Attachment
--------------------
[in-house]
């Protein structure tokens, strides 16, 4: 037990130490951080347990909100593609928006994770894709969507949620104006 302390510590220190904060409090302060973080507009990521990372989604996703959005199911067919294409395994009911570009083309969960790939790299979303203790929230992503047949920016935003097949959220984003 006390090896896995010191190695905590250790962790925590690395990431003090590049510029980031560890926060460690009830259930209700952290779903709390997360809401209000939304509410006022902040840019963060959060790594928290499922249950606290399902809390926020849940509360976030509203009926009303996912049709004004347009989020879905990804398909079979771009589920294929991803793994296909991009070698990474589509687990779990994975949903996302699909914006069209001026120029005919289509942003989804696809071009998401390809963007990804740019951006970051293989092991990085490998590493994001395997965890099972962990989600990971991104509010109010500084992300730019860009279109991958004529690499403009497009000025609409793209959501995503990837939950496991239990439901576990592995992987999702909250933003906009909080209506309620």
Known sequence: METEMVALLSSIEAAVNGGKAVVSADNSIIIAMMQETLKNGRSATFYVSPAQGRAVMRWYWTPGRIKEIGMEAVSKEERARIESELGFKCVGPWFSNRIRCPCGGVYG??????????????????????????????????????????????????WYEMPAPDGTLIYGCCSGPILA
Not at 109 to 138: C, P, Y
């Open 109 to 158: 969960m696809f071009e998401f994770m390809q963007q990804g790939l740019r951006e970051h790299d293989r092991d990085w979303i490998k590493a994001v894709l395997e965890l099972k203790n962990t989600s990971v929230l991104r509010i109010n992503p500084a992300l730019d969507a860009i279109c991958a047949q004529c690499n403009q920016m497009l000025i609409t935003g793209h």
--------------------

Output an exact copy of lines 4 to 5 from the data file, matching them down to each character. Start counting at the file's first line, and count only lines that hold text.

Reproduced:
Not at 109 to 138: C, P, Y
């Open 109 to 158: 969960m696809f071009e998401f994770m390809q963007q990804g790939l740019r951006e970051h790299d293989r092991d990085w979303i490998k590493a994001v894709l395997e965890l099972k203790n962990t989600s990971v929230l991104r509010i109010n992503p500084a992300l730019d969507a860009i279109c991958a047949q004529c690499n403009q920016m497009l000025i609409t935003g793209h």